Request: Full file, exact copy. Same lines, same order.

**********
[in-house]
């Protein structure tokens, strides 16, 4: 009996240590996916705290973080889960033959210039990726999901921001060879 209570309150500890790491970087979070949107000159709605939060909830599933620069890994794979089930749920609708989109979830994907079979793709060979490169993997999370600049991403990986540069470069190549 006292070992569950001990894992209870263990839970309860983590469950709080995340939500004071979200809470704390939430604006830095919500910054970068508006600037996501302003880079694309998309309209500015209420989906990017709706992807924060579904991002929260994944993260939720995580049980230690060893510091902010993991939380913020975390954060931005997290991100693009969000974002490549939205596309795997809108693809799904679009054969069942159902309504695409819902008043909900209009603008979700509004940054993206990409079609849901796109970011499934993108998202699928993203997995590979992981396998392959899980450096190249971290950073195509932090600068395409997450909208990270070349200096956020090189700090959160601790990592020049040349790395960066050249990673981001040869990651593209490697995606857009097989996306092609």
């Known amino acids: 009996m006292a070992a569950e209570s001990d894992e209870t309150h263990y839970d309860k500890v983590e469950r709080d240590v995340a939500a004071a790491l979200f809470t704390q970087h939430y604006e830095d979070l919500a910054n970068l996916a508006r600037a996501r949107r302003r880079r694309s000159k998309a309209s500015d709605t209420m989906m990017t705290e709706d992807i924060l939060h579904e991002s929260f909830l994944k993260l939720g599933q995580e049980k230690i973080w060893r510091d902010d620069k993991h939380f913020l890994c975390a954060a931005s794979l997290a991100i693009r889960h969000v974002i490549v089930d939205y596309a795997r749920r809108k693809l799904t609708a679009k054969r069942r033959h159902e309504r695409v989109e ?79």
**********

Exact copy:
[in-house]
């Protein structure tokens, strides 16, 4: 009996240590996916705290973080889960033959210039990726999901921001060879 209570309150500890790491970087979070949107000159709605939060909830599933620069890994794979089930749920609708989109979830994907079979793709060979490169993997999370600049991403990986540069470069190549 006292070992569950001990894992209870263990839970309860983590469950709080995340939500004071979200809470704390939430604006830095919500910054970068508006600037996501302003880079694309998309309209500015209420989906990017709706992807924060579904991002929260994944993260939720995580049980230690060893510091902010993991939380913020975390954060931005997290991100693009969000974002490549939205596309795997809108693809799904679009054969069942159902309504695409819902008043909900209009603008979700509004940054993206990409079609849901796109970011499934993108998202699928993203997995590979992981396998392959899980450096190249971290950073195509932090600068395409997450909208990270070349200096956020090189700090959160601790990592020049040349790395960066050249990673981001040869990651593209490697995606857009097989996306092609």
């Known amino acids: 009996m006292a070992a569950e209570s001990d894992e209870t309150h263990y839970d309860k500890v983590e469950r709080d240590v995340a939500a004071a790491l979200f809470t704390q970087h939430y604006e830095d979070l919500a910054n970068l996916a508006r600037a996501r949107r302003r880079r694309s000159k998309a309209s500015d709605t209420m989906m990017t705290e709706d992807i924060l939060h579904e991002s929260f909830l994944k993260l939720g599933q995580e049980k230690i973080w060893r510091d902010d620069k993991h939380f913020l890994c975390a954060a931005s794979l997290a991100i693009r889960h969000v974002i490549v089930d939205y596309a795997r749920r809108k693809l799904t609708a679009k054969r069942r033959h159902e309504r695409v989109e ?79």